Imaging boards push performance speeds

Frame-grabber-board vendors are implementing the latest interface standards to gain faster operation, throughput, and storage speeds.

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In their latest frame-grabber boards, vendors are embracing the newest interfacing standards, such as Camera Link and the 64-bit, 66-MHz PCI bus, to increase the operation, throughput, and storage speeds of machine-vision and image-processing systems. To increase the processing performance of such boards, imaging-specific gate arrays coupled with fast RISC-based processors are off-loading computation from the host computer. And, to rapidly penetrate the PC-based, board-level, machine-vision and image-processing market, vendors are also ensuring third-party camera and software support for PC-based products.

Many PC-based vendors of 64-bit, 66-MHz frame grabbers and image processors are supporting the Camera Link standard, which allows simpler cabling configurations between camera and frame grabber (see the Vision Systems Design Camera Link Special Report, May 2002). As with many frame-grabber designs, such boards can generally be put into three categories. The boards that interface the camera to the PC mainly consist of the most inexpensive boards, and these boards are used to capture images before transfer to the host PC. There are also boards that perform basic image-processing functions and offload processing from the PC; some vendors add preprocessing functions such as look-up tables (LUTs) and programmable gate arrays to their designs.

Finally, there are boards that transfer image data to the host PC. These machine-vision-based boards complement these functions with on-board I/O and camera triggering functions. To completely offload image-processing functions from the host, other vendors have incorporated on-board CPUs, RISC processors, gate arrays, LUTs, and add-in modular display controllers to their offerings. In this way, multiple PC boards can be used to develop very-high-speed, real-time, machine-vision systems.

Gate-array designs

In the past, gate arrays were mainly used to perform functions such as real-time preprocessing of image data—for example, contrast stretching and image filtering. Because of the huge increase in the number of gates now available, today's imaging boards often incorporate these processing functions, PCI-based interfacing, and other performance functions into single devices.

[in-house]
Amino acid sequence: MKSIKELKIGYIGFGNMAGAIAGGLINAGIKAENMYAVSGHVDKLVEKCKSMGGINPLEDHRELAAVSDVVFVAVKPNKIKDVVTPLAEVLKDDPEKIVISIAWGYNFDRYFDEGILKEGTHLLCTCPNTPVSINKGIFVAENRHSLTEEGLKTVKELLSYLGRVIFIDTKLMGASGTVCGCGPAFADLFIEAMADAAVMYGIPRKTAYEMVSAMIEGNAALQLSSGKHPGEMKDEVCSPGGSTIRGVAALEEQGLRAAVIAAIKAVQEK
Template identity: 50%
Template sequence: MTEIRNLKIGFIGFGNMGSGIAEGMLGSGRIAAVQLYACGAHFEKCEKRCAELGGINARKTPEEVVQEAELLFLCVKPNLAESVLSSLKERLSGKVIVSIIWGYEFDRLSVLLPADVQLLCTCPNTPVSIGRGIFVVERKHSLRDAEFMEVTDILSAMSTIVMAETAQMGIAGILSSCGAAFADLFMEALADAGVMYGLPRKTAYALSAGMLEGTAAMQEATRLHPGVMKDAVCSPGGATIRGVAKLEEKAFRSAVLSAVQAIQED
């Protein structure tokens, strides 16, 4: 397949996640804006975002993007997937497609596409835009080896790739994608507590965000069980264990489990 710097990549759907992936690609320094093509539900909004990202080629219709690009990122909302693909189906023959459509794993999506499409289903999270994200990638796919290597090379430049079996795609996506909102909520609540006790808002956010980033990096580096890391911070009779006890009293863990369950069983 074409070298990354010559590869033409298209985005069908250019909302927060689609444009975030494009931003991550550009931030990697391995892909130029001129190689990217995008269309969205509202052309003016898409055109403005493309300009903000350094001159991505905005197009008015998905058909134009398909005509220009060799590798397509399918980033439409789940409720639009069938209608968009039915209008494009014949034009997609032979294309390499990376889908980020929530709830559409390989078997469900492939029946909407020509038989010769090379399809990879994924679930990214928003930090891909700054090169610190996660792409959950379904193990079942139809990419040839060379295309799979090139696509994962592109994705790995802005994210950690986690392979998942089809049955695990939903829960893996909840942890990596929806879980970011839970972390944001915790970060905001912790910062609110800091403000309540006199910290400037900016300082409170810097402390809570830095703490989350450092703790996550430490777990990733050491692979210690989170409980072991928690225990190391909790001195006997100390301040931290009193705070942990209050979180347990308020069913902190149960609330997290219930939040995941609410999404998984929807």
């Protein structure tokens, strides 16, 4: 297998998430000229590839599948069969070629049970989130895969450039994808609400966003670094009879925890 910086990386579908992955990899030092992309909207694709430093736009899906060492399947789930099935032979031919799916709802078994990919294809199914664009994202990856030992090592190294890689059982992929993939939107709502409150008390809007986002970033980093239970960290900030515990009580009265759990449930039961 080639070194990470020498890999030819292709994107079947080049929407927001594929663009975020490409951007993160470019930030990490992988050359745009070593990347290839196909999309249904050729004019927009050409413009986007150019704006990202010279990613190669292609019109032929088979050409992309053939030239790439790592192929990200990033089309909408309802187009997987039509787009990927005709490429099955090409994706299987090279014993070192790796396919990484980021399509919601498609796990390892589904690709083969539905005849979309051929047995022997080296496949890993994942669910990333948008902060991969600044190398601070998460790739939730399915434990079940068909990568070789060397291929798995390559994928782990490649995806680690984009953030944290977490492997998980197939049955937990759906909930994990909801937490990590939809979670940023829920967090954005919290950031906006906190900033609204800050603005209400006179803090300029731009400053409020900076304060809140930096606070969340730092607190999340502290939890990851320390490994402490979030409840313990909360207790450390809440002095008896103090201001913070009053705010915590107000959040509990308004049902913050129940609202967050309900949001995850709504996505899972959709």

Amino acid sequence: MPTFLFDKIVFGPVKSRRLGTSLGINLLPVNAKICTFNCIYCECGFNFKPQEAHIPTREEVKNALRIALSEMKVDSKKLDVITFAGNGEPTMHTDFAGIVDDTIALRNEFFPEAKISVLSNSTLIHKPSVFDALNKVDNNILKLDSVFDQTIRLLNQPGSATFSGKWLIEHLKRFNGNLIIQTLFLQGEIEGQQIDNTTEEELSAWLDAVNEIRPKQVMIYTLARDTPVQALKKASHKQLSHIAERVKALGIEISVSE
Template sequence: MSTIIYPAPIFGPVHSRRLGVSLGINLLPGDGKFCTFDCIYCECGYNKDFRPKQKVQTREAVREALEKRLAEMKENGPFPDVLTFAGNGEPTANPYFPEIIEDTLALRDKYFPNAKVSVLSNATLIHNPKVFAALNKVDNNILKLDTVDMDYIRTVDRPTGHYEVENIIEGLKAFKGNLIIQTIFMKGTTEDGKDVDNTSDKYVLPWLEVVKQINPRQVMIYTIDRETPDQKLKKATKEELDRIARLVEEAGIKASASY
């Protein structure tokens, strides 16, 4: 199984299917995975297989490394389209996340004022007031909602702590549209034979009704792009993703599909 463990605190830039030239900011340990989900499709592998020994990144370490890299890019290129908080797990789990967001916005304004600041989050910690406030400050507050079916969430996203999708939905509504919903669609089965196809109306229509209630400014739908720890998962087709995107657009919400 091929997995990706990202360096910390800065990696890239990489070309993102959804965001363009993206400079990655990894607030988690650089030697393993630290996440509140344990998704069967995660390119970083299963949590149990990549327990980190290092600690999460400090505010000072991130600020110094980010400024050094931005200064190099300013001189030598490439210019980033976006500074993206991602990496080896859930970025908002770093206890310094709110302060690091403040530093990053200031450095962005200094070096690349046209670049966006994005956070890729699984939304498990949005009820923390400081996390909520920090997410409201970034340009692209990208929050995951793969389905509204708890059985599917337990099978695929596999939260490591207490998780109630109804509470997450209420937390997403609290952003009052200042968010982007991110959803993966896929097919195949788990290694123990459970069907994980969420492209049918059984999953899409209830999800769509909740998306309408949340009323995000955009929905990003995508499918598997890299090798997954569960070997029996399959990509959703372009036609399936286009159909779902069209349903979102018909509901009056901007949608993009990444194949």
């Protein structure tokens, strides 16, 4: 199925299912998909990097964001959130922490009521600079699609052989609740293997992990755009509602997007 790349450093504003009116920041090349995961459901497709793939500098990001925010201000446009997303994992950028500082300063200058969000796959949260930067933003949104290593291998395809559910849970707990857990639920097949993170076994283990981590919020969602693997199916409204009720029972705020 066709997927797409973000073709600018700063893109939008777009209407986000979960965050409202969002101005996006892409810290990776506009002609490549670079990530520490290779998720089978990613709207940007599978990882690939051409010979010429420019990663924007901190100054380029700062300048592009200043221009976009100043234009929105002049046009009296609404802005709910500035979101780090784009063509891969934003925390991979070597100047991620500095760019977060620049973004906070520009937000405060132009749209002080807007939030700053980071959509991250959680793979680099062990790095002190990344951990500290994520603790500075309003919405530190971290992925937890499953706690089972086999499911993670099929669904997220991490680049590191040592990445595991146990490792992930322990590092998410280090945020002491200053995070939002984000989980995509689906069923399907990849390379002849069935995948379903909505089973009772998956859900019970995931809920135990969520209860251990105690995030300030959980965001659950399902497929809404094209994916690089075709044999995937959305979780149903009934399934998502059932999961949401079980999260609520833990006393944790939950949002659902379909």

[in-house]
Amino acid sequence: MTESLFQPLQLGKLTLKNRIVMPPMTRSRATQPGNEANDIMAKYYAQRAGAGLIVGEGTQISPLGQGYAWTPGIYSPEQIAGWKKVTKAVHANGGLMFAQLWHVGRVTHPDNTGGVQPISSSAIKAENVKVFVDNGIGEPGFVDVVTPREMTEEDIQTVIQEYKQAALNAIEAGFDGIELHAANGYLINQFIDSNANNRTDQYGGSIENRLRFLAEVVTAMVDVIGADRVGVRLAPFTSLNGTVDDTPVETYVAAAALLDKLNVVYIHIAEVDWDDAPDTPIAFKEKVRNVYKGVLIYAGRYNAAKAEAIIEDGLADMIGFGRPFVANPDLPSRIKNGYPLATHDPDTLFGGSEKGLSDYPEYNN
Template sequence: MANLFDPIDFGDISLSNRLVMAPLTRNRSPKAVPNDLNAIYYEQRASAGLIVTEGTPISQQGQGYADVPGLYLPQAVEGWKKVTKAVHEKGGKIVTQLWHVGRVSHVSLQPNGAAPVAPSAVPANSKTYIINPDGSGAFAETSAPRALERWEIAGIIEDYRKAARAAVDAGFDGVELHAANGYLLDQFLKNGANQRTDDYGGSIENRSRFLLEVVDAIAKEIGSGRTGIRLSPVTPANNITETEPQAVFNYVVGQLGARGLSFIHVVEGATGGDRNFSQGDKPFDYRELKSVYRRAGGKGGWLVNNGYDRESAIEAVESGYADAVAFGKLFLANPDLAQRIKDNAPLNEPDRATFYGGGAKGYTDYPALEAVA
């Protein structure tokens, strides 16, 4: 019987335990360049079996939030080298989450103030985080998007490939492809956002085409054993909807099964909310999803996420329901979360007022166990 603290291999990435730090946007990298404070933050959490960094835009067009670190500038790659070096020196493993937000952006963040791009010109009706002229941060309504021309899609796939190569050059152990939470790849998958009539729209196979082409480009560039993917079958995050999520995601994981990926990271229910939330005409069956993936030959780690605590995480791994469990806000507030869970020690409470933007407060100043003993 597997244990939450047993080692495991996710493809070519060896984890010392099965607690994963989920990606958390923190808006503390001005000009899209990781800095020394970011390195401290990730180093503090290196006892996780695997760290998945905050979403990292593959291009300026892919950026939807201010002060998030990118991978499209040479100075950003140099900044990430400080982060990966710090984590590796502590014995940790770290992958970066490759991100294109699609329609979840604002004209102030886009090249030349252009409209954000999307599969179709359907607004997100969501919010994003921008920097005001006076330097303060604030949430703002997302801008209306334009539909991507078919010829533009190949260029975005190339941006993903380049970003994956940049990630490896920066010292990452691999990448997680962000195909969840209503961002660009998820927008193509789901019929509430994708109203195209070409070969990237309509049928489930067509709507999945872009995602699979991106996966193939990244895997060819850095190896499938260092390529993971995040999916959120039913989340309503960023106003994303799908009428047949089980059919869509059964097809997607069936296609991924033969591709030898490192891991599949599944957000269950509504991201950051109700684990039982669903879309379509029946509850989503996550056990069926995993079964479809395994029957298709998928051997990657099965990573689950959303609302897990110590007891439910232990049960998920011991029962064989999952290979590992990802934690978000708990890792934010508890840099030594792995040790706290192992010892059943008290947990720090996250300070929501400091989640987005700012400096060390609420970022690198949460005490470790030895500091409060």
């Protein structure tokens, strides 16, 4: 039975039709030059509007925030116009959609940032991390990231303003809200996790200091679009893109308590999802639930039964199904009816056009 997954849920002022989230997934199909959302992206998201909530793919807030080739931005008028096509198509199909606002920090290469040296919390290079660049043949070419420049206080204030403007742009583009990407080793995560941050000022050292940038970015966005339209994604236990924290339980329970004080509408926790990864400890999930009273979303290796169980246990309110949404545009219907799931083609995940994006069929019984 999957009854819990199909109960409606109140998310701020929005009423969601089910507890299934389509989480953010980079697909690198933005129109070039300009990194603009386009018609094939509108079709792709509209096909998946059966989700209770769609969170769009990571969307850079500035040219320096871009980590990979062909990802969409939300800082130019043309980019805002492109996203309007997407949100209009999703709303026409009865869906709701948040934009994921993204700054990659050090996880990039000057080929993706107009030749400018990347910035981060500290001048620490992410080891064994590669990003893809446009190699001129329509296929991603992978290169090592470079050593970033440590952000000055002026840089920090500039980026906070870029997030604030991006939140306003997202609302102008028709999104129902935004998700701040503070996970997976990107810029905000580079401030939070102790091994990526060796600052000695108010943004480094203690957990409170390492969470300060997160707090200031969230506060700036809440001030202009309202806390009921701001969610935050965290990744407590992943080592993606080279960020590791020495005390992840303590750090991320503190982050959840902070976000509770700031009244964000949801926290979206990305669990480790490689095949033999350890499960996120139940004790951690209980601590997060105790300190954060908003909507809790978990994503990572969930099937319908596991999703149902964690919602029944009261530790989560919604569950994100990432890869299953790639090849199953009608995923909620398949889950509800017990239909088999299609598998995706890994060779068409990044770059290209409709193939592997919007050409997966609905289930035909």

The PCISys and CPCISys imaging boards from PLD Applications (Aix-en-Provence, France) are good examples of such designs. Both the PCI-based PCISys and the CompactPCI-based CPCISys boards use an on-board Apex gate array from Altera (San Jose, CA) to perform data acquisition, parallel multichannel processing, and PCI data transfers up to 64 bits at 66 MHz. With a low-voltage-differential-signaling (LVDS) camera interface and 4 Mbytes of SRAM, the board's PCI programmable interface supports all the features of the PCI-bus standard and provides features such as multifunction, multi-DMA, and embedded-memory controls.

Other examples of such designs include the 64-bit PCI card from Fishcamp Engineering (Orcutt, CA). Designed specifically for Pacific Advanced Technology (PAT; Santa Ynez, CA), the card is offered as part of PAT's Photon series 6000 IR. It consists of a sensor-head module (SHM) that supplies the infrared imager with clocking and bias signals and performs a 14-bit, analog-to-digital conversion of the output video. To provide an interface between the SHM and a host PC, the 64-bit PCI bus uses LVDS drivers and receivers to reduce the number of signal connections and eliminate bulky cables (see Fig. 1).

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FIGURE 1. Fishcamp Engineering offers a 64-bit, 66-MHz LVDS card for Pacific Advanced Technology Photon series 6000 IR systems, which consist of a sensor head module that supplies the IR imager with clocking and bias signals and performs a 14-bit ADC of the output video. The 64-bit PCI card uses LVDS drivers and receivers to reduce signal connections and eliminate bulky cabling.
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During operation, this PCI card generates the clock signals to run the camera, stores up to eight different nonuniformity-correction coefficients, and stores contiguous frames of video data. Using an on-board Virtex gate array from Xilinx (San Jose, CA), the board can be reprogrammed to support cameras with up to a 1024 ×1024-pixel format. According to Bob Piatek of Fishcamp Engineering, the card is not currently offered as a standard product, but custom versions have been designed for customers.